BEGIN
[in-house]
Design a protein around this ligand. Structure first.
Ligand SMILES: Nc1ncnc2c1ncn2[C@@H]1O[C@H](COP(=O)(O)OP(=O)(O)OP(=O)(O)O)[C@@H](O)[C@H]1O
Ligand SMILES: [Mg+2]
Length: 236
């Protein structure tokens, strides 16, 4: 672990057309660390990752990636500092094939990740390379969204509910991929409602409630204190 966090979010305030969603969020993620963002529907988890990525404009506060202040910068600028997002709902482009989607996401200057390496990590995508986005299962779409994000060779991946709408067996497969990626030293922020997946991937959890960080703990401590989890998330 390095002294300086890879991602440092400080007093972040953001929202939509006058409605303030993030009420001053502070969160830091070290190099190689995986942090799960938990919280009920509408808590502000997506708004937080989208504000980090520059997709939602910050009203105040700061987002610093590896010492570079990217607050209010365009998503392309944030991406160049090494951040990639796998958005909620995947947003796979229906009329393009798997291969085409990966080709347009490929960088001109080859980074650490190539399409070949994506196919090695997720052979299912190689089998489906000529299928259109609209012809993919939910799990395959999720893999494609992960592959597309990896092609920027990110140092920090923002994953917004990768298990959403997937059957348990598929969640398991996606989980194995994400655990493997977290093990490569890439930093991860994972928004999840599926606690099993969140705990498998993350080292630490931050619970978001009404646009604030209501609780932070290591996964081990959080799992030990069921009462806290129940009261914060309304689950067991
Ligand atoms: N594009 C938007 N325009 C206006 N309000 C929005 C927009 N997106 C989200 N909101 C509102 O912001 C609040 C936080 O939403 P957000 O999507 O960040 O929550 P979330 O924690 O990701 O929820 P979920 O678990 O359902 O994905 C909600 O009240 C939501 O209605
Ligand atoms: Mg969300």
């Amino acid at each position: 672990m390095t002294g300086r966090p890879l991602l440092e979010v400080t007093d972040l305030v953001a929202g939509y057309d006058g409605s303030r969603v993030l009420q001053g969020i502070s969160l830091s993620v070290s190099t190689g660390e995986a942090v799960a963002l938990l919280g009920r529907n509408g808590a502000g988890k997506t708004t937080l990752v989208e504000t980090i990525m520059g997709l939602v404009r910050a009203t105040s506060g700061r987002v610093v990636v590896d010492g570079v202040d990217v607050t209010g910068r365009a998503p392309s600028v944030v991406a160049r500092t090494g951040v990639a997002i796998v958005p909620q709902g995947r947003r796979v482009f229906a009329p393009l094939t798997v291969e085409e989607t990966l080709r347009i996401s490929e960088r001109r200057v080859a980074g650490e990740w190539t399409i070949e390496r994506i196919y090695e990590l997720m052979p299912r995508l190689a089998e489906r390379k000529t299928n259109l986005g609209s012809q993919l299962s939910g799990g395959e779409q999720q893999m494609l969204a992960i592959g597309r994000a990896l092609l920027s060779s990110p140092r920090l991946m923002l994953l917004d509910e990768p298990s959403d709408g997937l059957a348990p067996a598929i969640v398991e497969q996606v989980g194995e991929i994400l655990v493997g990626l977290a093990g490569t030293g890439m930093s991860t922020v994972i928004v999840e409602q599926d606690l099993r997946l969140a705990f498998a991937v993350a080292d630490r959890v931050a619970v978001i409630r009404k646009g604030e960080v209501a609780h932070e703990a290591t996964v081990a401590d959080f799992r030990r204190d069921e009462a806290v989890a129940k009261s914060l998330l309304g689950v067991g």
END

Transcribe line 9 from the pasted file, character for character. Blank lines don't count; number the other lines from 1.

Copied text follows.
């Amino acid at each position: 672990m390095t002294g300086r966090p890879l991602l440092e979010v400080t007093d972040l305030v953001a929202g939509y057309d006058g409605s303030r969603v993030l009420q001053g969020i502070s969160l830091s993620v070290s190099t190689g660390e995986a942090v799960a963002l938990l919280g009920r529907n509408g808590a502000g988890k997506t708004t937080l990752v989208e504000t980090i990525m520059g997709l939602v404009r910050a009203t105040s506060g700061r987002v610093v990636v590896d010492g570079v202040d990217v607050t209010g910068r365009a998503p392309s600028v944030v991406a160049r500092t090494g951040v990639a997002i796998v958005p909620q709902g995947r947003r796979v482009f229906a009329p393009l094939t798997v291969e085409e989607t990966l080709r347009i996401s490929e960088r001109r200057v080859a980074g650490e990740w190539t399409i070949e390496r994506i196919y090695e990590l997720m052979p299912r995508l190689a089998e489906r390379k000529t299928n259109l986005g609209s012809q993919l299962s939910g799990g395959e779409q999720q893999m494609l969204a992960i592959g597309r994000a990896l092609l920027s060779s990110p140092r920090l991946m923002l994953l917004d509910e990768p298990s959403d709408g997937l059957a348990p067996a598929i969640v398991e497969q996606v989980g194995e991929i994400l655990v493997g990626l977290a093990g490569t030293g890439m930093s991860t922020v994972i928004v999840e409602q599926d606690l099993r997946l969140a705990f498998a991937v993350a080292d630490r959890v931050a619970v978001i409630r009404k646009g604030e960080v209501a609780h932070e703990a290591t996964v081990a401590d959080f799992r030990r204190d069921e009462a806290v989890a129940k009261s914060l998330l309304g689950v067991g």